Keys, Stephens win all-American day

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NEW YORK – Whatever happened, there was going to be an all-American women’s singles final Saturday at the US Open.

What was left to be determined Thursday was who the participants would be.

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Among the embarrassment of American riches in the final four, only two could advance to the final day.

It was going to be either Venus Williams or Sloane Stephens. And it was going to be either Madison Keys or Coco Vandeweghe.

In the end, it was the two youngest – Stephens, 24 and Madison Keys, 22.

Both of them pulled off bravado performances of very different kinds in the semifinals.

First to get to the finish line was Stephens, who defeated Venus Williams 6-1, 0-6, 7-5 victory that had a little bit of everything.

By the third set, when both were playing well at the same time and giving it everything they had, it was nerve-wracking and dramatic and in doubt until the very end.

“I just wasn’t playing well. I just wasn’t playing well. Those are moments where you have to dig deep and figure out how to get the ball on the court and have a big game. I can’t be tentative and try to figure out how to put that ball in,” Williams said of that first set. “But I figured out a lot, but she played great defense. I haven’t played her in a long time. Clearly she’s seen me play many, many times. I haven’t seen her play as much.”

No solace for Venus

It didn’t matter what the question was, Williams wasn’t having much of it during her press conference. She wasn’t the least bit interested in talking about tributes, or about what a superb season she’s having, or any of that. She showed up to win, and she didn’t get the job done.

Keys
Venus Williams and Sloane Stephens, 13 years apart but neck-and-neck at the end to try to get to the US Open women’s singles final.

Williams was the sentimental choice who obviously won’t have that many more opportunities to win another major. But the 37-year-old ran out of legs in the end.

She made a lot of errors, but she didn’t have a lot of options. Whenever the rallies went past a certain length, Stephens won most of them. “Yeah, it was definitely well competed. In the end, she ended up, you know, winning more points than I did. That’s what it adds up to,” she said. 

A month ago, unthinkable

Stephens’  sub-900 ranking just over a month ago has been well-documented. And she needed to use a protected ranking just to get into the US Open, It will be a first Grand Slam singles final.  

It also will be the first for Keys, who crushed Coco Vandweghe 6-1, 6-2 in the nightcap.

“I think it’s amazing. I definitely never envisioned it happening this way, but I couldn’t think of a better person to have this first experience with,” Keys said.

Keys
Venus ran out of gas, though not out of will, by the end of the third set against Sloane Stephens Thursday.

After Williams came back with a roar in the second set, Stephens just tried to stay positive.

“I wasn’t making that many mistakes in the first set. Venus made a lot of errors. I think in the second set, obviously playing Venus, she’s an amazing competitor and she’s been here many times before. She wasn’t going to just give it to me. I think she really stepped up her game in the second set. I mean, you don’t expect anything else from multi-Grand Slam champion. She’s been here before,” Stephens said. “I tried just not to get too down on myself. I knew obviously in the third set I would have to fight my tail off and get my racket on every ball.”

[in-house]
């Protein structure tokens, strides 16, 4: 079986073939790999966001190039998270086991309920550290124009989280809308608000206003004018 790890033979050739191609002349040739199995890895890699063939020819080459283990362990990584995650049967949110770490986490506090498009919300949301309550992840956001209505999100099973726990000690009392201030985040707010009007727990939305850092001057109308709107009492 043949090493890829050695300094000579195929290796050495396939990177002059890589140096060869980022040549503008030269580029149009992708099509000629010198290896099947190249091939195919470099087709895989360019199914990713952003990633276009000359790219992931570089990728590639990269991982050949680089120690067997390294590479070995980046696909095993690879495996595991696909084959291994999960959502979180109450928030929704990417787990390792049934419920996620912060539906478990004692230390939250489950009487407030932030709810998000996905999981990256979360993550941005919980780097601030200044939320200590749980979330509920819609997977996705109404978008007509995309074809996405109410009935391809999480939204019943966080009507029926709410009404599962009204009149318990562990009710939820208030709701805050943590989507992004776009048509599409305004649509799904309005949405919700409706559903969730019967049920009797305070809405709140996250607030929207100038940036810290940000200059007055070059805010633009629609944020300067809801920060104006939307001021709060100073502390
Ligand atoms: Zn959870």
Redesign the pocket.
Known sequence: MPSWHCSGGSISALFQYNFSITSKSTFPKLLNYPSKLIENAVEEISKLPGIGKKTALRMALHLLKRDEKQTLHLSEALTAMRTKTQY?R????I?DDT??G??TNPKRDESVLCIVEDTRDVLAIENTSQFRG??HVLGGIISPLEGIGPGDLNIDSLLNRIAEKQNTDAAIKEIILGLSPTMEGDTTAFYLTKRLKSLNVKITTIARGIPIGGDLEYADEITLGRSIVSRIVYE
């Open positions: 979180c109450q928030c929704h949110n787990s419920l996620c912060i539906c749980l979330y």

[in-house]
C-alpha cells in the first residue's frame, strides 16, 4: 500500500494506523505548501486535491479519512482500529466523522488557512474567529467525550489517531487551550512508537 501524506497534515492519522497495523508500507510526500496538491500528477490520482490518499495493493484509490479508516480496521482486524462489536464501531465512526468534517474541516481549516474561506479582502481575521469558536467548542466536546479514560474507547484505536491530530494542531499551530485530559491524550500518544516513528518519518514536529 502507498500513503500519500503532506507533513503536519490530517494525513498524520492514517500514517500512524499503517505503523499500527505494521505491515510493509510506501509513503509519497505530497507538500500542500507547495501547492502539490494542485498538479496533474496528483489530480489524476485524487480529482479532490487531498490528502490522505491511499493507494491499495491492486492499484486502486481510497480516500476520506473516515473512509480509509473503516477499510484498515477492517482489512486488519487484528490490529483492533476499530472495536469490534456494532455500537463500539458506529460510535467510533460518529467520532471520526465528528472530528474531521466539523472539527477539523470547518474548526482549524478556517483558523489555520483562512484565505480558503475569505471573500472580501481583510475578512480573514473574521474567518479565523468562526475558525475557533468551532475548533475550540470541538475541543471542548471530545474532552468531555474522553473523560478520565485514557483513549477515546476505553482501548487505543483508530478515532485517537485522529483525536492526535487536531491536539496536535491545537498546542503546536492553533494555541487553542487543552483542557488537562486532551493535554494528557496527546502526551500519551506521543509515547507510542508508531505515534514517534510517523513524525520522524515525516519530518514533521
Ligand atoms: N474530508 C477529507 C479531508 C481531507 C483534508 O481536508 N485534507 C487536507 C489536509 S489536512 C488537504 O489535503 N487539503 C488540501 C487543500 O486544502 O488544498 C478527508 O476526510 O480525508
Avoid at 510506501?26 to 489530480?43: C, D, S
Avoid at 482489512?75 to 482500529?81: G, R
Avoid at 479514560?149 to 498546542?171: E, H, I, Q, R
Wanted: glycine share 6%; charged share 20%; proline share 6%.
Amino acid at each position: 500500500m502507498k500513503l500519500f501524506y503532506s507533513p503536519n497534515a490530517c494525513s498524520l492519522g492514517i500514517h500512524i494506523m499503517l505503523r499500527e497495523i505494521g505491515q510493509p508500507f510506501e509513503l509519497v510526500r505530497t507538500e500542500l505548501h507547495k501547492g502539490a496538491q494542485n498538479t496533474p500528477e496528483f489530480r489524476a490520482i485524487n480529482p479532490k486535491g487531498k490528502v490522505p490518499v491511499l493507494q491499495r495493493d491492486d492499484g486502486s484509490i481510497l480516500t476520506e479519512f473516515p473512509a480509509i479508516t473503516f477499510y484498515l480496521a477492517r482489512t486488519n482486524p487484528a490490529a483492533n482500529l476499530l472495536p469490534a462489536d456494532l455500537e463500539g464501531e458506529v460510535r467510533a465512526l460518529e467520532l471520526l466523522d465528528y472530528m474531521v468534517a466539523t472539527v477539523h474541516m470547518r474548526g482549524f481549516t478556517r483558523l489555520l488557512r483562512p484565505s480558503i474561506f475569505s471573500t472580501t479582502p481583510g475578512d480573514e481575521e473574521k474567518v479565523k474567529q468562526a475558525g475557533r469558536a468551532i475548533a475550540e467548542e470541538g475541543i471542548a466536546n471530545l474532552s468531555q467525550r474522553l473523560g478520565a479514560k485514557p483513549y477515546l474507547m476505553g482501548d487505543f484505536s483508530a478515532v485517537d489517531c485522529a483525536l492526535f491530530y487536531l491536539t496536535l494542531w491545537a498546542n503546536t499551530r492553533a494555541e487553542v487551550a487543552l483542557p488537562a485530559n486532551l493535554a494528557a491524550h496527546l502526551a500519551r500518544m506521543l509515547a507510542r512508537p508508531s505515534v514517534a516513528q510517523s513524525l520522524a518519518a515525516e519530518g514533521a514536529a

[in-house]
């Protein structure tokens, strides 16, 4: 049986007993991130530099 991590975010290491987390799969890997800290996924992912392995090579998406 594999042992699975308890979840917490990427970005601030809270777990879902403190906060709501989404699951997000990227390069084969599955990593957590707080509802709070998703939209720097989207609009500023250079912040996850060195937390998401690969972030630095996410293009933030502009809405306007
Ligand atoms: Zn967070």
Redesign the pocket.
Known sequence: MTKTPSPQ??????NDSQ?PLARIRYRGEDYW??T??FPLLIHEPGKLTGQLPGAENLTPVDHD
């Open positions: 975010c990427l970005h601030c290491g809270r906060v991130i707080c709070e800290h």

All Keys, from first to last

If the first semifinal was dramatic, the second was one-way traffic – for Keys.

Madison Keys, despite a “something” in her right leg, was pretty sprightly after reaching the US Open women’s singles final Thursday.

The 22-year-old put up a performance of such quality and bravura over Coco Vandeweghe, there wasn’t a single solitary thing her countrywoman could do to stop her.

Even a medical timeout to have her right upper leg wrapped at 6-1, 4-1 didn’t interrupt Keys’ flow. All it did was take a match that would have lasted less than an hour and nudge it over the one-hour mark.

“None of it had anything to do with the occasion. It was more Madison played an unbelievable match. I didn’t really have much to do with anything out there,” Vandeweghe said. 

Vandeweghe was, needless to say, quite upset.

“She was playing a great first set. I thought at some point she might start running a little bit colder than what she was doing. But I mean, it’s really not over until the last point. I was fighting as hard as I could for as long as I could, but she stayed hot the whole time,” Vandeweghe added. “It’s a little bit frustrating right now how I’m feeling of that it wasn’t so much of my say-so. I don’t feel that way very often in my tennis, so I think it’s a little bit of an opportunity lost for me.”

Keys knew she couldn’t have done it much better.

“I played really, really well. It was kind of one of those days where I came out and I was kind of in a zone. And I just kind of forced myself to stay there. I knew I was going to have to play really well in order to beat her. And, you know, I feel like once things started going, it just kind of fell into place. Luckily I was able to close it out the way that I did,” she said. “

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